The amounts of polymerization inhibitor added may vary over a wide range depending upon the conditions of distillation. Generally, the degree of stabilization is proportional to the amount of inhibitor added. In accordance with the present invention, it has been found, based on vinyl aromatic feed to the B-T column 10 or the recycle column 90, that a phenylenediamine concentration generally between about 50 ppm and 2000 ppm and a DNPC concentration between about 100 ppm and 2000 ppm have generally produced suitable results, depending primarily upon the temperature of the distillative mixture and the degree of inhibition desired. Preferably however, the phenylenediamine inhibitor of the present invention is used in concentration from about 50 ppm to about 1000 ppm and the DNPC concentration is from about 250 ppm to about 1000 ppm. The preferred ppm ratio of phenylenediamine to DNPC is 2:3. There is no particular order for mixing the compounds of the present invention. In one particular embodiment they are added together at atmospheric temperature and pressure outside the distillation train and injected therein. The distillation technique of the present invention is suitable for use in virtually any type of distillative separation of a readily polymerizable vinyl aromatic compound from a mixture wherein the vinyl aromatic compound is subject to temperatures above room temperature.
Oxygen must be added to the system in order for the phenylenediamine co-inhibitor to work properly. Oxygen is added separately into the system to achieve a greater concentration of oxygen in the required area. The oxygen employed in the present invention may be in the form of oxygen or an oxygen-containing gas. If an oxygen-containing gas is employed, the remaining constituents of the gas must be inert to the vinyl aromatic compound under the distillation conditions. The most useful and least expensive source of oxygen is air, which is preferred for the present invention. The amount of oxygen may vary widely, but generally it is desirable to use that amount found in air.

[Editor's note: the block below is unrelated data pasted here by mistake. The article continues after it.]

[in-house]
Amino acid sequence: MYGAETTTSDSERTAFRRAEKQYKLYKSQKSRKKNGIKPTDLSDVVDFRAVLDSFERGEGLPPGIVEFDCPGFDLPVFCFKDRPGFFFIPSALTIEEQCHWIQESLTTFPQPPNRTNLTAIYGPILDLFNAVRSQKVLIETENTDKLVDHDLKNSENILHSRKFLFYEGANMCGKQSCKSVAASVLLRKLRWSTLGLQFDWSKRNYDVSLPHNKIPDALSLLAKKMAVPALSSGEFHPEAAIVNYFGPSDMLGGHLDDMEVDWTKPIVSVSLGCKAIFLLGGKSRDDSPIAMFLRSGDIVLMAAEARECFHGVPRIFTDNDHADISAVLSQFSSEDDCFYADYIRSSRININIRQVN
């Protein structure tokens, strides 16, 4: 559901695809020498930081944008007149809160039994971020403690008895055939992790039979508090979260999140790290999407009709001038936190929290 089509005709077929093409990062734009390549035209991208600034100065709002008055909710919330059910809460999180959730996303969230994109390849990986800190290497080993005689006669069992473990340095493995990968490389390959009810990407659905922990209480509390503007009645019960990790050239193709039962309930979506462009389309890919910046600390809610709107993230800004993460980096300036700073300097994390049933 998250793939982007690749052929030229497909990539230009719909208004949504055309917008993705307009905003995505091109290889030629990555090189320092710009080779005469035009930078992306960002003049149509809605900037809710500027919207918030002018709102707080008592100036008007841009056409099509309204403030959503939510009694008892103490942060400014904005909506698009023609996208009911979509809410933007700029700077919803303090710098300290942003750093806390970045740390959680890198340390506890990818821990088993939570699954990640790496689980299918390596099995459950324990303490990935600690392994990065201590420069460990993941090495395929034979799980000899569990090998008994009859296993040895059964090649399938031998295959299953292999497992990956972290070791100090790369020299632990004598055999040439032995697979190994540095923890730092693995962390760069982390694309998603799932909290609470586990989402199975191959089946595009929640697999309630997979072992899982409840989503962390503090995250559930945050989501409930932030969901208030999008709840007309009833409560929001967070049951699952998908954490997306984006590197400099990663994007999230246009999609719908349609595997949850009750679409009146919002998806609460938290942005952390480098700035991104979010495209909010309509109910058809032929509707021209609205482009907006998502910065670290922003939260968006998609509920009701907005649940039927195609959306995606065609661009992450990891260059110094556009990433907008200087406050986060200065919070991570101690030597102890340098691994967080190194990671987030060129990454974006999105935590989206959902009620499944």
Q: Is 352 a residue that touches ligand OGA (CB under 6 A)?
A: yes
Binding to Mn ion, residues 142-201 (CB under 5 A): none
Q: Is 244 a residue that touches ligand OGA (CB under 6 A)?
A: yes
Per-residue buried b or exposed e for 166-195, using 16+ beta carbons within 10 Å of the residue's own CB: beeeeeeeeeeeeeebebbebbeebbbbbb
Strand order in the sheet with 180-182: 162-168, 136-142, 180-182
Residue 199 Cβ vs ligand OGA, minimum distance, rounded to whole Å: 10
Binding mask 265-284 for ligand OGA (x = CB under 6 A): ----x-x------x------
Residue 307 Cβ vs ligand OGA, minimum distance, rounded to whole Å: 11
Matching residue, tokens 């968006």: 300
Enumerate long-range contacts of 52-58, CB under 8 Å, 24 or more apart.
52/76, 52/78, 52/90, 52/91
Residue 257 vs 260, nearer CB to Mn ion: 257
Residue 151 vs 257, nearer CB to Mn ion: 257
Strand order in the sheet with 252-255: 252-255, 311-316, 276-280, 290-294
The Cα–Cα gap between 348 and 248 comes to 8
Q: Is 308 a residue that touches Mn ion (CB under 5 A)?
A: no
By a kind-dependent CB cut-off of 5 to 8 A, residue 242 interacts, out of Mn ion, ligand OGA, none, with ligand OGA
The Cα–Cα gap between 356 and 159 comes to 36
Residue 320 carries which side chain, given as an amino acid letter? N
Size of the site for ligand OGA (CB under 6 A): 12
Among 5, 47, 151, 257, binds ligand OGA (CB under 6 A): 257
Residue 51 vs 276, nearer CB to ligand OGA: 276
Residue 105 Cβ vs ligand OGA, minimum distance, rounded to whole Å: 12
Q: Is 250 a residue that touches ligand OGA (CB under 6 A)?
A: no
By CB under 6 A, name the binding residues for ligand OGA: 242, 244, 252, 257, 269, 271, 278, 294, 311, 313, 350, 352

Referring to the drawings, FIG. 1 illustrates a conventional styrene distillation train comprising a benzene-toluene fractionation column 10, referred to in the industry as a B-T column, an ethylbenzene or recycle column 12, and a styrene or finishing column 14. It should be noted that the operational principles of the present distillation method are highly suitable for use, with minor modifications, with other distillation equipment used in the purification of other vinyl aromatic compounds. As shown in FIG. 1, a crude styrene feed is introduced into the intermediate portion of B-T column 10 through feedline 16. B-T column 10 may be of any suitable design known to one skilled in the art and may contain any suitable number of vapor-liquid contacting devices, such as bubble cap trays, perforated trays, etc. Usually, however, column 10 contains less than forty distillation trays. Column 10 is also equipped with a suitable reboiler 18 for supplying heat thereto. Temperature of reboiler 18 is generally from about 190° F. to about 250° F.
While most of the polymer is formed in the ethylbenzene or recycle column 12, a small but significant amount of the total polymer formed during distillation is formed in the B-T column 10. Accordingly, a polymerization inhibitor is desirable within this column. To prevent polymerization in the B-T column 10, 2,6-dinitro-p-cresol hereinafter referred to as DNPC, is introduced into the B-T column 10 as a separate stream through line 20, or it may be incorporated into the crude styrene feed flowing through line 16. To facilitate the process, the phenylenediamine inhibitor may also be introduced into the B-T column 10 through line 20 or it may be incorporated into the crude styrene feed flowing through line 16. Although the phenylenediamine inhibotor provides little or no inhibition in B-T column 10 due to lack of oxygen, it is transported with the B-T bottoms through line 24 to the recycle column 12 where it acts as the primary inhibitor therein. When the DNPC and/or phenylenediamine polymerization inhibitor are added to the B-T column 10 as a separate stream they are preferably dissolved in a volatile aromatic hydrocarbon diluent such as ethylbenzene. The position of the inhibitor feedline 20 will normally be intermediate to B-T column 10 in order to achieve an inhibitor distribution which is nearly coincident with the distribution of the readily polymerizable vinyl aromatic compound within the column 10.